There has been much debate about who wrote the Common Core standards.

Here is a press release that lists the names of the writing teams for each subject as well as “feedback” groups.

You will notice a large representation of people from the testing industry (College Board and ACT), as well as people from Achieve, a D.C. think tank.

Notice that the statement says:

“The Work Group’s deliberations will be confidential throughout the process.”

Notice that the statement says:

“Final decisions regarding the common core standards document will be made by the Standards Development Work Group. The Feedback Group will play an advisory role, not a decision-making role in the process.”

Count how many people on either the writing teams or the feedback groups are identified as classroom teachers. Count how many have any experience in teaching children with disabilities. Count how many are experienced in teaching early childhood classes or English language learners.

Compare that number–whatever it may be–to the number who are experienced in testing and assessment.

Valerie Strauss clearly explains who were the losers in the bruising battle between the billionaires and de Blasio: students with disabilities.

Jersey Jazzman reports on Camden’s portfolio district plan.

What does that mean? More charters.

What is the secret of their success?

Excluding children with disabilities.

Excluding the kids with the highest needs.

Doesn’t federal law prohibit this?

Apparently this is not a priority for the U.S. Department of Education or the Obama administration.

As hedge funders will sometimes acknowledge, those kids are not our problem.

Arne Duncan, Raj Chetty, Eric Hanushek, John King, Kevin Huffman, John White, and Michael Johnston, and the other evaluation hawks did not think about this teacher when they said full steam ahead on evaluating teachers by student scores:

Beth writes:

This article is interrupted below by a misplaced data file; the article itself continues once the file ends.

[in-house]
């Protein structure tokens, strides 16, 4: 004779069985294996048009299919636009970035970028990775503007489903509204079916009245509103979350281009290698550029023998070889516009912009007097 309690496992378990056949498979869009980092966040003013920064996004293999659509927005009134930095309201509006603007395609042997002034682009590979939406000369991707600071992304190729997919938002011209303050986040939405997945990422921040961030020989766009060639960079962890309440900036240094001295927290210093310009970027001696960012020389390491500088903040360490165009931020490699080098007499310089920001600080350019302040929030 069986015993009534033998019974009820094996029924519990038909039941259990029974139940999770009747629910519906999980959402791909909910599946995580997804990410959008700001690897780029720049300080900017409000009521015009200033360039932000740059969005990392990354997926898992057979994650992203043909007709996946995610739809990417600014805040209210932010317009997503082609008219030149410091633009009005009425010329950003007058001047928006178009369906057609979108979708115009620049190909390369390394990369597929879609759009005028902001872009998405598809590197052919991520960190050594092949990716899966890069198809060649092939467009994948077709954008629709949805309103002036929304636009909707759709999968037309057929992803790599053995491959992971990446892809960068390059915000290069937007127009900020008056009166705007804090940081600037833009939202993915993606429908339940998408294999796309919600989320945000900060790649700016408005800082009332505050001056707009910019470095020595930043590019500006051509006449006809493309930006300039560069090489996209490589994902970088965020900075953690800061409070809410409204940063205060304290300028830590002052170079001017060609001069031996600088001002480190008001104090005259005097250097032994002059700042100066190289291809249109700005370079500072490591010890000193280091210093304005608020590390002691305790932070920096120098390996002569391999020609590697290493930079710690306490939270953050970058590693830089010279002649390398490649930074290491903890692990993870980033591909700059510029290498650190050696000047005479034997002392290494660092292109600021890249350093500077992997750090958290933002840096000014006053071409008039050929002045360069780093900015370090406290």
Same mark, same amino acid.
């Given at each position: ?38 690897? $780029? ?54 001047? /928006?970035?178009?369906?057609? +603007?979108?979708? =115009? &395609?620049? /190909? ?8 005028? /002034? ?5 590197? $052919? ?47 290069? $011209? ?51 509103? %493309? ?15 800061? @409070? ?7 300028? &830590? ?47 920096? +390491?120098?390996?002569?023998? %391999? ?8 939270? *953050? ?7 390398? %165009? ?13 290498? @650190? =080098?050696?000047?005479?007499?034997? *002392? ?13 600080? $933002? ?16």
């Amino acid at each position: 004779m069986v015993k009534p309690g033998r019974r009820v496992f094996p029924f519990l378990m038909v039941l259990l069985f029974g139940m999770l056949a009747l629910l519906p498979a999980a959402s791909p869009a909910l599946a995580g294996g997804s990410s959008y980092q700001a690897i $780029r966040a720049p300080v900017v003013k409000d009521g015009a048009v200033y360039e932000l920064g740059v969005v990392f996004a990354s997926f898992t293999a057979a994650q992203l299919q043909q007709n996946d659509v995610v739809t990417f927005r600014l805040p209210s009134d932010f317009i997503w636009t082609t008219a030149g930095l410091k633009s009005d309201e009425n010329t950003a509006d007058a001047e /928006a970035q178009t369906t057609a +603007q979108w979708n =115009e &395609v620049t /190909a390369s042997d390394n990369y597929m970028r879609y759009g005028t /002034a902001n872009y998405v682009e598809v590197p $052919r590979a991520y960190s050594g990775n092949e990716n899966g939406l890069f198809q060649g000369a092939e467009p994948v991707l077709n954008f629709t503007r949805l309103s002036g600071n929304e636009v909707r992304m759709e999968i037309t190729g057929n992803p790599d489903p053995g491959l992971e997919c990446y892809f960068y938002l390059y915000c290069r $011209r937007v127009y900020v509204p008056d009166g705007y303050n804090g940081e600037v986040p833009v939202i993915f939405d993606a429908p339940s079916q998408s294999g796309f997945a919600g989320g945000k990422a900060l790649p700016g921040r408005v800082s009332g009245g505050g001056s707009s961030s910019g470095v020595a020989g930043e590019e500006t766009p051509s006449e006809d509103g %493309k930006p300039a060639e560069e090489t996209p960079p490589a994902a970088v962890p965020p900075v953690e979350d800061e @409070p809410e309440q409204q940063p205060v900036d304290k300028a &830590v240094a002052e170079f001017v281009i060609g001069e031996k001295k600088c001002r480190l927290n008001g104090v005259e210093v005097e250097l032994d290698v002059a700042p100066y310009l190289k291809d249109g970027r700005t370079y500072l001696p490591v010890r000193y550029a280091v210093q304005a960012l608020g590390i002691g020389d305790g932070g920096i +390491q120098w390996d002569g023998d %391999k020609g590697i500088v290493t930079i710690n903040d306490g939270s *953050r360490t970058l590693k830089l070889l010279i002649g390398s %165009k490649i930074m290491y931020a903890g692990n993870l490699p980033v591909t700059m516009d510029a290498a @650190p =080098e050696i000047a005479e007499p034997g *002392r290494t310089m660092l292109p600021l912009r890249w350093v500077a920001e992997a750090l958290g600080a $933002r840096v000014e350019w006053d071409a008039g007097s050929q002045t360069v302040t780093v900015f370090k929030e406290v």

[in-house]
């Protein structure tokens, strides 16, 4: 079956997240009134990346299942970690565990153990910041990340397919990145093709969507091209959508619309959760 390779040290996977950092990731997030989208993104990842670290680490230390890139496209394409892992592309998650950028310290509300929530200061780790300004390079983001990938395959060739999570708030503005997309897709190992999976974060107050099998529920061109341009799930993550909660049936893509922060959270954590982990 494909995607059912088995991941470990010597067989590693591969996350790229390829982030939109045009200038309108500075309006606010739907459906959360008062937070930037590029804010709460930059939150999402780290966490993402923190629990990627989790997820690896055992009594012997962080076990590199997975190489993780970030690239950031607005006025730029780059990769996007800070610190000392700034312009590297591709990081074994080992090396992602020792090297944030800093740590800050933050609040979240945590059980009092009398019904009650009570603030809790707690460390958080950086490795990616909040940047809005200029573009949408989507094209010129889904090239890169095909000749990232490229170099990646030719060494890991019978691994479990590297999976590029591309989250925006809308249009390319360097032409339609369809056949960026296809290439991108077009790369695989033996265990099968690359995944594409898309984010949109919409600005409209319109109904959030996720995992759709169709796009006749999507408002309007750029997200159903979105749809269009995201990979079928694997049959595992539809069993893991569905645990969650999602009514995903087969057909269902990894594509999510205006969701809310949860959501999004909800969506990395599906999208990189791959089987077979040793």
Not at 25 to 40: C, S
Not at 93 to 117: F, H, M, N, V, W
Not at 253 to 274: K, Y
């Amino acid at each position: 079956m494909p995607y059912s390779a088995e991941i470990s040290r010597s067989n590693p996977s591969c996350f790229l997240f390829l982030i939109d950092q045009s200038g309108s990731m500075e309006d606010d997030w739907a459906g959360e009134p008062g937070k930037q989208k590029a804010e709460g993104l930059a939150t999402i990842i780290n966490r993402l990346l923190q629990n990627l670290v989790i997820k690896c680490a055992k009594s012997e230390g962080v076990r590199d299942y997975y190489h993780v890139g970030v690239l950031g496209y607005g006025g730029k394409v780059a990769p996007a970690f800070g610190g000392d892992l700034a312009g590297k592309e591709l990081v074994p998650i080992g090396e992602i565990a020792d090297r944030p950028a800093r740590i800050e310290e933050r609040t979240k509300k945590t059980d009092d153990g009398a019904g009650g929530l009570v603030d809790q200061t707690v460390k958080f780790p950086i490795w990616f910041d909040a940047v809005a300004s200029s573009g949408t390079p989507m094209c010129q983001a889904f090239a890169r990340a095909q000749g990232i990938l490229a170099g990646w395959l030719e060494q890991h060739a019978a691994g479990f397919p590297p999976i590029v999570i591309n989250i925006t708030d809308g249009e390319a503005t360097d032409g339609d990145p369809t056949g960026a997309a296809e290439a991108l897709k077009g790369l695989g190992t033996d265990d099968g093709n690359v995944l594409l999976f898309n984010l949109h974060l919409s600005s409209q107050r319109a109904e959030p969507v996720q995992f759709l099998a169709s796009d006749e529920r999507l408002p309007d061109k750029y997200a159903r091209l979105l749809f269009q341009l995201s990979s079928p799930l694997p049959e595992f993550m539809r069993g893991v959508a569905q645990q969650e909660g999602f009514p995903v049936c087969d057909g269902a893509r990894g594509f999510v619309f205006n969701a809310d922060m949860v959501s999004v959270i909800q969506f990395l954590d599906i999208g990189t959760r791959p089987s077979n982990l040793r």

“As Diane points out, teachers are already, and always have been, evaluated. Here is the problem: I am a special education teacher in an alternative high school. I teach students with severe psychological and behavioral disorders. These students are not exempt, and must take all the same state tests (including Regents) that other students take. My evaluation is based upon what percentage of my students improve their test scores by an amount estimated at the beginning of the year. Because I teach what are called 8-1-1 classes (8 students, 1 teacher, 1 teacher’s aide), my evaluation will be based upon, at most, 16 students. However, at this point in the year, it looks like only 6 of the students I began the year with will still be in our school at the end. This isn’t unusual–students move, get put in residential facilities, drop out, or become chronically truant at a high rate in my school. Of the 6 students left, one has become pregnant and has gone off her meds. Most days she can’t even make it into class because of her emotional breakdowns. One student has been hospitalized for months, not receiving instruction from me. One comes to school about once a week. Two swear at me whenever I try to get them to do work, and tell me they don’t care, they’re dropping out as soon as they’re 16. Their parents tell me they can’t help, they can’t make their sons do anything, either. One is facing incarceration, and may not be here at the end of the year. If 4 of these 6 don’t reach their goals on the end of the year test, that will “prove” I’m a bad teacher.

“I wanted to work with students who really needed me, to help students who are struggling the most. But because I work with students who are impoverished, disabled, homeless, incarcerated, and mentally unstable, I may very well be labeled as “ineffective.” Does this really mean I’m a bad teacher?”

Andrea Rediske is perplexed. After the death of her son Ethan, she thought the Florida legislature would pass a law named in his honor as “Ethan’s Law” to allow local school officials to grant waivers so that children like Ethan, in medical emergency, would not be required to take the state test.

Then Pam Stewart, the state commissioner, accused Andrea of trying to advance her “political agenda,” (Stewart didn’t say what that agenda might be other than to protect children like Ethan from being harassed by bureaucrats like Stewart). Then the legislature quietly dropped Ethan’s Law and added a few sentences in a general accountability bill that would a hire e the same purpose.

But trouble ahead! The U.S. Department of Education weighs in to warn Florida that if it dares to excuse more than 1% of students with disabilities,the state would not be in compliance with federal law.

So the Federal officials have joined forces with those that believe poor Ethan should have been tested as he lay dying.

What kind of a country is this? Who are these people?